Are you owners having issues with your electric step, or is it simply preventative maintenance?  I suppose I should lube mine up.
1717  Main Forum / General Discussion / Re: Spell checker on: March 23, 2011, 09:38:41 am
Reding throuh thiss tred, I dwnloded iespell, but dont notce anee difernce in mie speling.  How doe sit spell ch eck?
1718  Main Forum / General Discussion / Re: Spell checker on: March 20, 2011, 05:00:06 pm
Also welcome to the new "Hero members" over 100 or more post.  ThumbsUp Go to Members above and sort by post to see who they are/will soon be.
Oh boy, no wonder my wife says to me all the time....."Are you on that computer again?"
1719  Main Forum / General Discussion / Re: Air flow on: March 19, 2011, 12:53:23 pm
Try setting the heater controls to max A/C.  That recirculates cabin air by closing up the ventilation from the outside, maybe staying closed with the engine turned off.
1720  Main Forum / General Discussion / Re: oil change on: March 18, 2011, 02:03:18 pm

To be honest, I didn't learn that Ford recommended synthetic until my 3rd oil change.  I used regular oil the 1st change at 2000, then 3000 miles.  Once I read "synthetic" in the owners manual, I switched to full synthetic and let that oil work for me all year long given I drive maybe 5000 miles per year max.

For a new Ford-V10 engine, I would run that oil a full year as I would think Ford follows their own spec and put full synthetic 5W-20 in there.  But I would surely do this next thing too.

I always have a very strong magnet on the bottom of the oil filter to capture any metal particles, especially beneficial during the break-in period and exteneded use synthetic oil in combination.  I found very strong magnets for this use in discarded computer hard drives.  The magnets are so strong, they will draw blood if you get your fingers pinched between two of them.  Here is what they look like.

I use a magnet on my Phoenix and my Corvette as both oil changes are once a year with Synthetic.  My daily use vehicles, I still use regualar oil changed at closer invervals so I never bother with magnets.  There are two magnets in each hard drive.

There are all kinds of magnets sold specifically for oil filters as shown, but I am a cheapskate where it doesn't matter.
1721  Main Forum / General Discussion / Re: oil change on: March 17, 2011, 10:17:39 pm
I thought the Ford owners manual recommended full synthetic.  That  is what I use.  It lasts all year that way too.
1722  Main Forum / General Discussion / Re: extending roof rack on: March 17, 2011, 10:15:17 pm
Your questions could be best answered by Phoenix USA.

BTW:  While the roof rack is apart, you might want to consider slipping on floatation noodles to act as pads and rollers for the Kayaks.  Find ones with the right ID and color to match your rig.  They are very durable and likely have UV protecting properties.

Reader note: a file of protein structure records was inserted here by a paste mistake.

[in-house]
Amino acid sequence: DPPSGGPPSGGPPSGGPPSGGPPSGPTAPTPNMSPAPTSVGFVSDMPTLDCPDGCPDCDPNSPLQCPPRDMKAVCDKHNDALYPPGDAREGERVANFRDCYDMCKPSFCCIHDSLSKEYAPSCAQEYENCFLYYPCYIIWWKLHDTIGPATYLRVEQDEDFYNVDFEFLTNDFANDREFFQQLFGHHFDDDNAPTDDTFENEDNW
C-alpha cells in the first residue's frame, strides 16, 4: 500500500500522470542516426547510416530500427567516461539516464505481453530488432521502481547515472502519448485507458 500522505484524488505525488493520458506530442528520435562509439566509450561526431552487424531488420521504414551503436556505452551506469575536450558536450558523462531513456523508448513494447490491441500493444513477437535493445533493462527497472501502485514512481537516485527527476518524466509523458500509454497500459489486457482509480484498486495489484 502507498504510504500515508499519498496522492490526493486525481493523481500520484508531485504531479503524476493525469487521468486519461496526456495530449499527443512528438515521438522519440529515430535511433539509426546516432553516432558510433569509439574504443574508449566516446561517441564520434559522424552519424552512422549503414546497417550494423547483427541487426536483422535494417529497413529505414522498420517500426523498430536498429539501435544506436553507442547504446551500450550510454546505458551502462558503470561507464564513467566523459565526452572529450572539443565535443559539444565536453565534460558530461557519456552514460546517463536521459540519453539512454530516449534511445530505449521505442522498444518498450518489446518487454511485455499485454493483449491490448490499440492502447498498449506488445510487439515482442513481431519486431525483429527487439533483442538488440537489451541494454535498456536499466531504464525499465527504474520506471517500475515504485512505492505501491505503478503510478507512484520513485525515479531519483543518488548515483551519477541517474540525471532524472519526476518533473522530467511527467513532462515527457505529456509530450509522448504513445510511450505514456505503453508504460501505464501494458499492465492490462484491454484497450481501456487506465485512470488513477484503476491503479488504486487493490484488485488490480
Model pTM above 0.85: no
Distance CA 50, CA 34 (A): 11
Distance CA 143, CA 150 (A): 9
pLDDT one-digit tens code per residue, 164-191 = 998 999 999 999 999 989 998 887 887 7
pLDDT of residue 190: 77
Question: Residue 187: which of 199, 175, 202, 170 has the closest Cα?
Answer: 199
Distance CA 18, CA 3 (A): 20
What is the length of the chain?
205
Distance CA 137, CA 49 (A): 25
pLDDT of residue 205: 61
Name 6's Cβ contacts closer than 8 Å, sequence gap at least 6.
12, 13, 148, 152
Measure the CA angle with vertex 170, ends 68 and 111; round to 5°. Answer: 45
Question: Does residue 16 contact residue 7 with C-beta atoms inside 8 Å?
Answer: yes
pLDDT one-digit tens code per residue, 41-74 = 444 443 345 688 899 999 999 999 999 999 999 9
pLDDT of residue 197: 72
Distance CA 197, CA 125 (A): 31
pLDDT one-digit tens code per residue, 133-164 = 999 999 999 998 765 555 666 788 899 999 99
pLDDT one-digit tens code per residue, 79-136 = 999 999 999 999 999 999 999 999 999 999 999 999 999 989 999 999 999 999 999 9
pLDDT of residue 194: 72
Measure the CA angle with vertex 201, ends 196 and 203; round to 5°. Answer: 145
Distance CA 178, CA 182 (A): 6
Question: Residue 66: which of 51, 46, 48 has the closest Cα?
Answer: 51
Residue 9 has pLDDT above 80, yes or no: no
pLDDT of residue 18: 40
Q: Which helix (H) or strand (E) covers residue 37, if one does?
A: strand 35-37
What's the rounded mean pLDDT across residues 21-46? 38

1723  Main Forum / General Discussion / Re: Model names on: March 17, 2011, 12:50:15 am
I have seen on ebay, Phoenix Cruisers around year 2000, which are vans with extended roofs, called a class-B.  All were constructed on the Dodge Ram van as shown here.

Somewhere around the same time, they offered a larger B+ configuration which is the same basic design today.  The rear back then looked like this.  Note how the entry door looks when open.  They later came up with the pivoting hindge most of us enjoy today.

They improved again around 2004/2005 with significant improvements in construction and features, the most noticable one being the rear wall having an integrated spare tire compartment and larger outside storage as shown here.

Other extras included an improved entry door (maybe introduced a few years earlier), high intensity LED tail lights, the inverter with twin batteries and the maserator pump.  I don't know when they started offering so many models, but when I bought mine in 2007 they had a bunch, adding at least 2 more floor plans and the Sprinter since.  Every year they seem to get a little better.

I don't know if Kermit owned Phoenix USA all throughout it's history, or if he bought into it along the way.
1724  Main Forum / General Discussion / Re: Metal on metal rattle on: March 15, 2011, 03:54:55 pm
You should let Kermit (the owner of Phoenix USA) know this.  He needs to tell the fellow of that process to watch out for this.  Call the factory and ask for him.  Don't be shy.  He loves phone call input.
1725  Main Forum / General Discussion / Re: Gas Mileage on 2551/2552 on: March 15, 2011, 03:48:54 pm
Thanks for the data!  It sure seems smart to get one of these for oh so many good reasons.  Now to figure out where the best place to mount this thing.  Up high, down low, I'll have to give this some thought.  I sure wouldn't want to mount it in poor taste, yet still in plain view.